Fruit trees come in all sizes and shapes to fit in any landscape. Planting fruit trees in your yard provides you with fresh fruit, right off the tree a few seasons after planting. These trees are often considered ornamental for the various types of leaves, plus the beautiful, colorful and fragrant blossoms appearing before the fruits. Choose fruit trees for your specific USDA hardiness zone and select self-pollinating varieties (if possible) or grow more than one to ensure pollination.
Select an area to grow a fruit tree with full sun and well draining soil. Allow enough room for the fruit tree's mature width and height.
Cultivate the soil to at least 1 foot, or the depth of the container holding the fruit tree. Extend this out from two to five times the width of the container. This will allow the roots to spread out more easily. Dig a hole in the center of the area, the same depth as the container.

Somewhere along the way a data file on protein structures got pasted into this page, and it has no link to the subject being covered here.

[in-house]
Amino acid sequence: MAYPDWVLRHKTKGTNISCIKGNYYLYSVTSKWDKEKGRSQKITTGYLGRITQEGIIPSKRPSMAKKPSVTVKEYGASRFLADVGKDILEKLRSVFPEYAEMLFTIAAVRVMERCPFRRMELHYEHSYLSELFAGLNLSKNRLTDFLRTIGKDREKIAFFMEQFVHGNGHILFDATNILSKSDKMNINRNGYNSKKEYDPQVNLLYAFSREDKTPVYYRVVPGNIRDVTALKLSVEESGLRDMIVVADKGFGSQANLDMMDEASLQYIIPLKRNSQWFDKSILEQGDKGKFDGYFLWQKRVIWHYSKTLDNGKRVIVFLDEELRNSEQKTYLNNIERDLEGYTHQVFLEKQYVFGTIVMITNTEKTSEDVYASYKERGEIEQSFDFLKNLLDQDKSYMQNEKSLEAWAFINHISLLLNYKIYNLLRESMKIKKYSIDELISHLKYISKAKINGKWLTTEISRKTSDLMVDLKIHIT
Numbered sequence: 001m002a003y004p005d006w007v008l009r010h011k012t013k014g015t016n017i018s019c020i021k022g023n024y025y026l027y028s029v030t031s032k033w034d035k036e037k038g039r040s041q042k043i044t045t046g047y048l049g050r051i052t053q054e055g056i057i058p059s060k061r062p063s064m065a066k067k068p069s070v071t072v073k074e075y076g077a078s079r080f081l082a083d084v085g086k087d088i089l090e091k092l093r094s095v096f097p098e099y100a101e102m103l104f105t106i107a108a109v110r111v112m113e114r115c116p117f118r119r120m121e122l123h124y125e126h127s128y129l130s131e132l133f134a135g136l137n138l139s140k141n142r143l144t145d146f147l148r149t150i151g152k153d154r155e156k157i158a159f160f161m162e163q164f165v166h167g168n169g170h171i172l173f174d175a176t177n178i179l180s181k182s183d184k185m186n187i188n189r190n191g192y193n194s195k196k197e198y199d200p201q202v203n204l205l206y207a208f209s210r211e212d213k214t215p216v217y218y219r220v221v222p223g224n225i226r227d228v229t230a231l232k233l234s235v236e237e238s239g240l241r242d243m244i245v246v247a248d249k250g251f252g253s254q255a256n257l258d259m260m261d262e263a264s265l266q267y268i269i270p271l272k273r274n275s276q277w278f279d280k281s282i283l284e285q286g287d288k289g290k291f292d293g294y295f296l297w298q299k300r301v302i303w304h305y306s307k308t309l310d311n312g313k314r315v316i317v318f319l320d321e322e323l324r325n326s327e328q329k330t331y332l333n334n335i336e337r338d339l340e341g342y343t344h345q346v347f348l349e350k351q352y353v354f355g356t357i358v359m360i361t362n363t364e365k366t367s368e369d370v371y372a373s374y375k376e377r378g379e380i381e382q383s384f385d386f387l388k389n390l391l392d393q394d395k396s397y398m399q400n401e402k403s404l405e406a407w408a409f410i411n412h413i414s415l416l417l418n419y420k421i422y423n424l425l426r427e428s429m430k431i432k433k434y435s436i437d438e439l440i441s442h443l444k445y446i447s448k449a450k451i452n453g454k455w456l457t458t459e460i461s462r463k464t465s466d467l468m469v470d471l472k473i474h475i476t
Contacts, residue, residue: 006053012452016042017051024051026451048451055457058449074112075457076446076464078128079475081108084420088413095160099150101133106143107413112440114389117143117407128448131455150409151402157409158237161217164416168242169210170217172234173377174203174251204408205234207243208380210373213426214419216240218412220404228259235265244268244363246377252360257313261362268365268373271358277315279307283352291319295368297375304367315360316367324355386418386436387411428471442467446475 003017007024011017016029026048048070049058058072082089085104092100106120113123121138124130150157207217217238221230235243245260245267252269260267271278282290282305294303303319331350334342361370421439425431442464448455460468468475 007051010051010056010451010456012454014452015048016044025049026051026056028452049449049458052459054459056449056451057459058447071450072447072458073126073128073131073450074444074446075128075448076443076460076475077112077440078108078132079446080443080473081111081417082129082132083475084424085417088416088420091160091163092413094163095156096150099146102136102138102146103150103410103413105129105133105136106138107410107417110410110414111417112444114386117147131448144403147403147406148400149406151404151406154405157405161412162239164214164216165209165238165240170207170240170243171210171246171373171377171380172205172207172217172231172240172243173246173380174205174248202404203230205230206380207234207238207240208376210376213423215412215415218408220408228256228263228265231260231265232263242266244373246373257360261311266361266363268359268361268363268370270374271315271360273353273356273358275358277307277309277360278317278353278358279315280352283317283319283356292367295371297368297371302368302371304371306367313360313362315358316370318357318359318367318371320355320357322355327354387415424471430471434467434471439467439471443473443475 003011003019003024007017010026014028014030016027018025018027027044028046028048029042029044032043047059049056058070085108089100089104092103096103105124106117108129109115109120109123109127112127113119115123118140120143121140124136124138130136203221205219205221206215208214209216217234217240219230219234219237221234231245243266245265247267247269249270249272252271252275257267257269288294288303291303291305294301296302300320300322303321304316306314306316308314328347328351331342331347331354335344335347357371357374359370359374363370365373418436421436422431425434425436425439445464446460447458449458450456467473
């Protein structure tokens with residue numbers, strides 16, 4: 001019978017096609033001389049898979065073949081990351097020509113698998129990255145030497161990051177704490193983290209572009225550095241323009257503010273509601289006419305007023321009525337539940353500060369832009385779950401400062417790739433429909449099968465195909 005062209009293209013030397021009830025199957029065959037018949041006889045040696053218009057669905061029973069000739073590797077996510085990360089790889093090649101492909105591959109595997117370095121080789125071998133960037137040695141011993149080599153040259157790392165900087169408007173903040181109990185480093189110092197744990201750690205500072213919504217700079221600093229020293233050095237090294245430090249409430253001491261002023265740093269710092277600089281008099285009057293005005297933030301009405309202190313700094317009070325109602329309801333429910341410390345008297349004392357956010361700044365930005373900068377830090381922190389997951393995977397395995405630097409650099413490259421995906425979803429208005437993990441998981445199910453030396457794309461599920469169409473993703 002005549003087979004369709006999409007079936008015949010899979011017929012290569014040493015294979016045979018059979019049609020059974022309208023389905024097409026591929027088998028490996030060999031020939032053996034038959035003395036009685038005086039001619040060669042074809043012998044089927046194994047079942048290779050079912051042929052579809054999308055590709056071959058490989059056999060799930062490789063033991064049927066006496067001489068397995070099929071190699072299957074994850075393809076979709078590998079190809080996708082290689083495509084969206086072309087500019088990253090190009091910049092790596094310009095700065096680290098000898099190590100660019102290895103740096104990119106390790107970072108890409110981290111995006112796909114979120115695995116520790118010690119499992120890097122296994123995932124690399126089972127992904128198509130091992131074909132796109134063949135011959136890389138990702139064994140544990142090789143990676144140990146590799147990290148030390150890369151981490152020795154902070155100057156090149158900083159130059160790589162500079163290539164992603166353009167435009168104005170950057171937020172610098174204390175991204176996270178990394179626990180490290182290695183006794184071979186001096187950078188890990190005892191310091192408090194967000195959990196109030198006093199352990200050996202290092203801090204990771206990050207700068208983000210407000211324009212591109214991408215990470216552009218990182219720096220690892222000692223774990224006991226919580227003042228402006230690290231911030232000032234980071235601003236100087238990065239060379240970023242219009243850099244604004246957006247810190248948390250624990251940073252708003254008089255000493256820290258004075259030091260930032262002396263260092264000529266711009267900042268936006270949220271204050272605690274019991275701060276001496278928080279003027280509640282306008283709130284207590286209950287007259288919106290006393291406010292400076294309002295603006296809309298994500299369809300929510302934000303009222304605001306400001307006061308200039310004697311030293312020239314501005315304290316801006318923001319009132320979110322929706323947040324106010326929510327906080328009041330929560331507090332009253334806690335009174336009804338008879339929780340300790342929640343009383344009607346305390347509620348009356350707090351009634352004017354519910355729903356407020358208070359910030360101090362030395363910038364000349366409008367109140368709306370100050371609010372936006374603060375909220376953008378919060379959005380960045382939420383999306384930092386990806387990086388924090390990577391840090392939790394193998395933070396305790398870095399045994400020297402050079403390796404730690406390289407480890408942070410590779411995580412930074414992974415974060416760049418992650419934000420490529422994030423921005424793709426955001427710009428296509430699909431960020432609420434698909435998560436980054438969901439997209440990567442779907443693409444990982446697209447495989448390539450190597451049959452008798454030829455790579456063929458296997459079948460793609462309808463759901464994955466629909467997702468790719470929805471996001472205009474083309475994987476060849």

Carefully remove the fruit tree from the container and examine the roots. Cut off any damaged or broken roots and untangle any others, if needed.
Place the fruit tree in the hole and check to make sure it is at the same level it was in the container. Backfill with the removed soil approximately halfway and then flood with water. This will remove any air in the soil and compress it against the rootball of the fruit tree. Finish filling the hole.
Create a watering basin larger than the planting hole, using the remaining soil (and more, if needed). Make the walls several inches high and wide, to retain water.
Fill the watering basin with water and allow it to drain. Add more dirt on top of the fruit tree's rootball, if it is exposed after watering, and repair any leaks caused in the basin wall.
Cover an area extending 3 feet or more from the tree (or the size of the canopy), in all directions, with 3 to 6 inches of mulch. Keep the mulch 6 inches away from the trunk of the fruit tree.